Significantly, some of the featured artists grew up with the web, and aspects of their work chart the digital half-life of pop cultural images or icons from their youth. Others took up the Internet later on, after working with painting or other mediums. In this way, professional surfing is not restricted to a certain generation but shared by all those who engage the overwhelming atmosphere of the web by embroiling themselves deeper in it.
Some of these Web-inspired works have been included in the recently reopened New Museum's "Unmonumental" exhibition, parts of which are on view at its New York location and others of which can be seen on the site for Rhizome, its new-media affiliate. "This generation really knows the Net," says Lauren Cornell, Rhizome's executive director. "They grew up with it and are, for lack of a better word, native to it."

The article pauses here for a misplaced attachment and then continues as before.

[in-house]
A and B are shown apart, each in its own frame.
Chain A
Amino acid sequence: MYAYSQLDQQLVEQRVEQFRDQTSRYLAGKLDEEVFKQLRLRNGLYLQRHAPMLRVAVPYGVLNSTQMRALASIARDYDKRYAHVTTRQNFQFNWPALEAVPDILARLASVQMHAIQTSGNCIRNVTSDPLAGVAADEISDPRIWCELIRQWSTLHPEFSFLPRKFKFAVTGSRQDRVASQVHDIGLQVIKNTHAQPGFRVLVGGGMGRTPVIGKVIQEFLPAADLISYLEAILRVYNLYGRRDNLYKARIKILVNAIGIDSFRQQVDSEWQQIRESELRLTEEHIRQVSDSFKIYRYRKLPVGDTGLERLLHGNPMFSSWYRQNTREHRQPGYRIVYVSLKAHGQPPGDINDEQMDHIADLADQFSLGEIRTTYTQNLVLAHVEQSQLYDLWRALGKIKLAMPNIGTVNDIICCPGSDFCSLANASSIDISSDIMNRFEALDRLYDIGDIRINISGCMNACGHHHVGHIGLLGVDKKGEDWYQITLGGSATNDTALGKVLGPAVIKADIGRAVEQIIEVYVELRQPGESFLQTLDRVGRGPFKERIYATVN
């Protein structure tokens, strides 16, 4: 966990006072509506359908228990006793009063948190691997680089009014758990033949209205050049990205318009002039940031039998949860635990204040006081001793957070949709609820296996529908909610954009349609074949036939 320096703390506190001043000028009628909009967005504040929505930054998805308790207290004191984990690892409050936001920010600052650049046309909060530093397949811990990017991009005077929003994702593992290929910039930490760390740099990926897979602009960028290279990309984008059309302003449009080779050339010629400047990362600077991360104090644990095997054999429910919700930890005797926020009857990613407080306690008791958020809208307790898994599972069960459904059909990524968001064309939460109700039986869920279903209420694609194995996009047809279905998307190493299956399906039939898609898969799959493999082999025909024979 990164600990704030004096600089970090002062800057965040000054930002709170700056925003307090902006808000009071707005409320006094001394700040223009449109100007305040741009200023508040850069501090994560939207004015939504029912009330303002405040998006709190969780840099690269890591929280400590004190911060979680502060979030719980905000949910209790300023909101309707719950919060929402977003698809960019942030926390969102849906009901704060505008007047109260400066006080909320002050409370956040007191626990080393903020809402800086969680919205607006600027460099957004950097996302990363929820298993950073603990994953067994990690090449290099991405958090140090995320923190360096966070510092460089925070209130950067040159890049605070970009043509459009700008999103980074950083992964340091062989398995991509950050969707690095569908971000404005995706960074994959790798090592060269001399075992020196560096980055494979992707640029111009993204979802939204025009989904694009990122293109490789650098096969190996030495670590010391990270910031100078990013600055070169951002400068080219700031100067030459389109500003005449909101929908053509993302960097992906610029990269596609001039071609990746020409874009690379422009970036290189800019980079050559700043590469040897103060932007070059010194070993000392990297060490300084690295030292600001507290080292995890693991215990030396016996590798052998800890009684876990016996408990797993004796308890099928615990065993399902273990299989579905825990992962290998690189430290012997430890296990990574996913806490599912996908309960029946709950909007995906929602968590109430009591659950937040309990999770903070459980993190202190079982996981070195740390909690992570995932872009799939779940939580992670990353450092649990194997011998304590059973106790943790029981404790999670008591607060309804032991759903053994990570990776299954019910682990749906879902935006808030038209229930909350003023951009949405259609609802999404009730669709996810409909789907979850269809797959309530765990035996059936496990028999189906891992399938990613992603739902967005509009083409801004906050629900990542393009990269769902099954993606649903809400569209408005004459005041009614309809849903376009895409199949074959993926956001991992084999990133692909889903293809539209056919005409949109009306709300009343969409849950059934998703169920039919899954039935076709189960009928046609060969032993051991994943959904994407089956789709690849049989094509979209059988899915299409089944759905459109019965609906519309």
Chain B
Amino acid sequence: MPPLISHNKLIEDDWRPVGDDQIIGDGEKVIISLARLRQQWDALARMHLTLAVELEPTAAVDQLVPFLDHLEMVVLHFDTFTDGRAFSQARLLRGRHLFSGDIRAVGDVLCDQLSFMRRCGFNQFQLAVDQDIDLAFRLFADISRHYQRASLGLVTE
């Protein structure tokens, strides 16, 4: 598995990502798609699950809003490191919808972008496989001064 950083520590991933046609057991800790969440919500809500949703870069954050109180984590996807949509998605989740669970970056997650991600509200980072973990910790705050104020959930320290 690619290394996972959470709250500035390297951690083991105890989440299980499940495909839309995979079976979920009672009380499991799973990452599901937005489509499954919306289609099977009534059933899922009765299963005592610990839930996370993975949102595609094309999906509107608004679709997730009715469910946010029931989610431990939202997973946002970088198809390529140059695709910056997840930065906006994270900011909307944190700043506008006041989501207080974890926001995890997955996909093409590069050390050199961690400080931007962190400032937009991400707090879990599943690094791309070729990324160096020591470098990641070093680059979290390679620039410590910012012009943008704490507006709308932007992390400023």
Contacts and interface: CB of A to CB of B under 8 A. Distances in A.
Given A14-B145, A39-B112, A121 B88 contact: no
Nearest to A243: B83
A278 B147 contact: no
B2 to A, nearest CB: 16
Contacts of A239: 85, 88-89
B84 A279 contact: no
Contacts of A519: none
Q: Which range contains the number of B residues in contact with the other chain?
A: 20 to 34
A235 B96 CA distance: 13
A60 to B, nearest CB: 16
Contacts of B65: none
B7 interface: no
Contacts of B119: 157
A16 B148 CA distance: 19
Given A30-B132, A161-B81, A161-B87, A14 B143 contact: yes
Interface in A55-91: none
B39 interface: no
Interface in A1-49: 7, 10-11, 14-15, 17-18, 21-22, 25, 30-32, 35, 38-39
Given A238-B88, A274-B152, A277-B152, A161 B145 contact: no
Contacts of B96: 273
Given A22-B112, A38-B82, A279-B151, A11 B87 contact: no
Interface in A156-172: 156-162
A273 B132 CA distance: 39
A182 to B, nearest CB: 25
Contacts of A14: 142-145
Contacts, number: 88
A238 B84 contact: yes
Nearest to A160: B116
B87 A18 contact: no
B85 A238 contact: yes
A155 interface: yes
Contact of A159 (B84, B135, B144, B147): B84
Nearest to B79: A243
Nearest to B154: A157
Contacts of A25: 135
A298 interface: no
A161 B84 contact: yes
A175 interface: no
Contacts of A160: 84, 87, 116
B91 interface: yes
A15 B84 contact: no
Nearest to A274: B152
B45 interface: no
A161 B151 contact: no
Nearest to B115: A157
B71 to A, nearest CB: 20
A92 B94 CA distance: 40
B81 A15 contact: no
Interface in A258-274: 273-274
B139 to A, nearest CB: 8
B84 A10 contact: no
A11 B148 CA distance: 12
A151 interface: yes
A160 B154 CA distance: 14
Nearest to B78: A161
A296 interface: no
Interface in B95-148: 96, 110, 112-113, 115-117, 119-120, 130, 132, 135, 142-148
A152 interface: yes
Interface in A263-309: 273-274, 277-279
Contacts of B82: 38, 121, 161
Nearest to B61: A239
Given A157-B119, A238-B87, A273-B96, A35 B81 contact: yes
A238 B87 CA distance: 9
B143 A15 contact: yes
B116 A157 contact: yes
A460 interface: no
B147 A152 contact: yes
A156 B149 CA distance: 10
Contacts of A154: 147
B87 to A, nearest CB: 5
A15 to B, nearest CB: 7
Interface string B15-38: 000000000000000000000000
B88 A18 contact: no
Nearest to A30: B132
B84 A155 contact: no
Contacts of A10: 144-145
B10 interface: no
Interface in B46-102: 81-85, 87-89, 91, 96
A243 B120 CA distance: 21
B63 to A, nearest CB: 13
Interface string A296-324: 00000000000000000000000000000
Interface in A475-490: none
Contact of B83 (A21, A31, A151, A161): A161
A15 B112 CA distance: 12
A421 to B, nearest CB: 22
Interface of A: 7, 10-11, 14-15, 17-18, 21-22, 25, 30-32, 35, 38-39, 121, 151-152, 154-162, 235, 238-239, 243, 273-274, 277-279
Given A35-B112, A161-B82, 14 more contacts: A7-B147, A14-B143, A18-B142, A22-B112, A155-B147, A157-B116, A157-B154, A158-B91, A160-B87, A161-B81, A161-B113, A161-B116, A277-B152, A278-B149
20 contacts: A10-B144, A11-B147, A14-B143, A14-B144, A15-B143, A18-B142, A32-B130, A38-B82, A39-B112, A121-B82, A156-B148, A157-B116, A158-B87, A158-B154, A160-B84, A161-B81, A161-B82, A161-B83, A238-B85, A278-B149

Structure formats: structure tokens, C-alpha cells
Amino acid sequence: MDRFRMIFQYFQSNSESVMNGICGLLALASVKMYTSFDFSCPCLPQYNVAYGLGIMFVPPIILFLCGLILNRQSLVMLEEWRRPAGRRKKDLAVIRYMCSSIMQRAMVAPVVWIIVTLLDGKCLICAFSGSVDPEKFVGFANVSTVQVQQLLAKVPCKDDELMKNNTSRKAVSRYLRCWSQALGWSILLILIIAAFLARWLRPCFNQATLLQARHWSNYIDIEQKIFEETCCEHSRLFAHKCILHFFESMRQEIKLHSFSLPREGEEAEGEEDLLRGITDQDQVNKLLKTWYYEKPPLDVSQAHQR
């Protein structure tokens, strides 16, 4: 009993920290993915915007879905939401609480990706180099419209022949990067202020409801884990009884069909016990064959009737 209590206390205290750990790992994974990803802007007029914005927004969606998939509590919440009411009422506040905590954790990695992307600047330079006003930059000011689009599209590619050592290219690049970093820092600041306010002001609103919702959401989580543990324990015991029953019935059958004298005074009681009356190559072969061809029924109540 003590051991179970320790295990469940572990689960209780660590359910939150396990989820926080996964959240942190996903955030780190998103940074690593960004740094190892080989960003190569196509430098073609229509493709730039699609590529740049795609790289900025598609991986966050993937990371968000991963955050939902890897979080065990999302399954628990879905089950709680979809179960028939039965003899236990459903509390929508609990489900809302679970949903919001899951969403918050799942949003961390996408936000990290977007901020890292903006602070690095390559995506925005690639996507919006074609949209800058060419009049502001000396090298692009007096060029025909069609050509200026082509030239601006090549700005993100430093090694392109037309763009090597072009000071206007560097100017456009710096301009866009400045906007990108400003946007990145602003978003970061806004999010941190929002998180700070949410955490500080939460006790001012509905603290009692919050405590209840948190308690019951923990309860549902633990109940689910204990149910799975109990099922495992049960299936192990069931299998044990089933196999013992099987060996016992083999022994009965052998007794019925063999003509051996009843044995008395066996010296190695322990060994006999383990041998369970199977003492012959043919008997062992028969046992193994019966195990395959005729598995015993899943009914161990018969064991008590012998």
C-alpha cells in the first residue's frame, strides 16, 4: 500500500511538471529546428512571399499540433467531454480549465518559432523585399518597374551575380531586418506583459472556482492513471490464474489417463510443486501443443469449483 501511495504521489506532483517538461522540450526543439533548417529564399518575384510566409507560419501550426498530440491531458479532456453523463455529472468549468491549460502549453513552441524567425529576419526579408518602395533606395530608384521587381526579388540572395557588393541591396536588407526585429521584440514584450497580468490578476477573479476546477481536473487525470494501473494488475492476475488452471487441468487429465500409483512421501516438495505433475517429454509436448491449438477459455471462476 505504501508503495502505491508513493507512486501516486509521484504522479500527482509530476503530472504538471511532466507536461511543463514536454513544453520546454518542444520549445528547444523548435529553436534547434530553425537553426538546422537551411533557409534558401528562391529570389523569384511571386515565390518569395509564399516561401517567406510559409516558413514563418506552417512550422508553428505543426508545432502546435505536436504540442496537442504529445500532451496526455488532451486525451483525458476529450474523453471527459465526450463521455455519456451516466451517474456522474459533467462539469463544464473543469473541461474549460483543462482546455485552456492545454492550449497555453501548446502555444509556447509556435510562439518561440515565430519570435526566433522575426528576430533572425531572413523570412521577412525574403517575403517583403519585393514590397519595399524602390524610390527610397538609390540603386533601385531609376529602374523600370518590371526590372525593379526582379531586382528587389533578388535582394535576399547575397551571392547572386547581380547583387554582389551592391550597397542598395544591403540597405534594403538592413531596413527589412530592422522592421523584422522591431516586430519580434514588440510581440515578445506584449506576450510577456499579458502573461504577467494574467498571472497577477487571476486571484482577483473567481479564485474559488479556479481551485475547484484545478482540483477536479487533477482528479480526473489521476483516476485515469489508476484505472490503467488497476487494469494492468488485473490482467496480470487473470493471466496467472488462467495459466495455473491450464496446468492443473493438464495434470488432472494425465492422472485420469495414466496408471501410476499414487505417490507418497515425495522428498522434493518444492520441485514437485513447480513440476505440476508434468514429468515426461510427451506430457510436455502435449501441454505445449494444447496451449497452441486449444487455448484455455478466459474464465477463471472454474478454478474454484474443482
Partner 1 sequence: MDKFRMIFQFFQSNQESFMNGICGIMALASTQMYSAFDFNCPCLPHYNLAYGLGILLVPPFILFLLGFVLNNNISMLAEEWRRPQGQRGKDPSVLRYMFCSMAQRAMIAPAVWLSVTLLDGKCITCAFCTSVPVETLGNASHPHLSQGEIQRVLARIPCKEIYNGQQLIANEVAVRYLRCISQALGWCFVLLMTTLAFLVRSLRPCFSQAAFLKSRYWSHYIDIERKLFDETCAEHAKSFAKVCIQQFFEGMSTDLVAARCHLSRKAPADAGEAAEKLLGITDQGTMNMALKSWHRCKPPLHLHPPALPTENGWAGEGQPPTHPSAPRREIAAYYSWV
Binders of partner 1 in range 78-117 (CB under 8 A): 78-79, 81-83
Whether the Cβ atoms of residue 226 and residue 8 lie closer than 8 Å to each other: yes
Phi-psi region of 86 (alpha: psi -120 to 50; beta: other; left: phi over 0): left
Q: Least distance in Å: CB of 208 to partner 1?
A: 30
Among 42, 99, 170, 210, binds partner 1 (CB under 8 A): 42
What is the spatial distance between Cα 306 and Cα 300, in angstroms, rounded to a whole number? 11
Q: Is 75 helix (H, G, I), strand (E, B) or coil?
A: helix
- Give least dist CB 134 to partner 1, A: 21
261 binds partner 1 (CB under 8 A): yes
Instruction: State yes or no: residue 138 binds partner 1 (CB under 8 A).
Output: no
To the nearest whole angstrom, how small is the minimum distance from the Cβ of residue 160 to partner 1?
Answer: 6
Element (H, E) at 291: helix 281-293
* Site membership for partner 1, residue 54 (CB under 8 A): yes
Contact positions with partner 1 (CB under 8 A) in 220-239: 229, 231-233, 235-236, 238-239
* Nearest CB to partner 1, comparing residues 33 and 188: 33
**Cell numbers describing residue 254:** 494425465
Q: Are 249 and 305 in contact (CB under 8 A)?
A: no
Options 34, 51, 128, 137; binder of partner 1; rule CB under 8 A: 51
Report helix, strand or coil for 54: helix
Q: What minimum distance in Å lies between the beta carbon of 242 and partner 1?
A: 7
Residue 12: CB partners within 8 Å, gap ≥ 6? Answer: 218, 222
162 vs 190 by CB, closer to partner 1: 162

Kim's work is reminding me of BillDavenport's 1990s knitting and cross-stitch.
Mostly I know her as a great aggregator (here I am, using Nicholas O'Brien's term after saying we didn't need it) from dump and tumblr.
Approx. 6 min dubby minimal techno. Reaktor's Monoliner step sequencer triggers analog patches modulated with slow and fast LFO sweeps. About ten "sessions" were recorded, then cut up and multi-tracked. The kick notes and weird percussion are from Reaktor's GoBox, also cut up and matched* to the analog beats. A riff I like comes in about 3:20 (channeling the sound of refrigerators).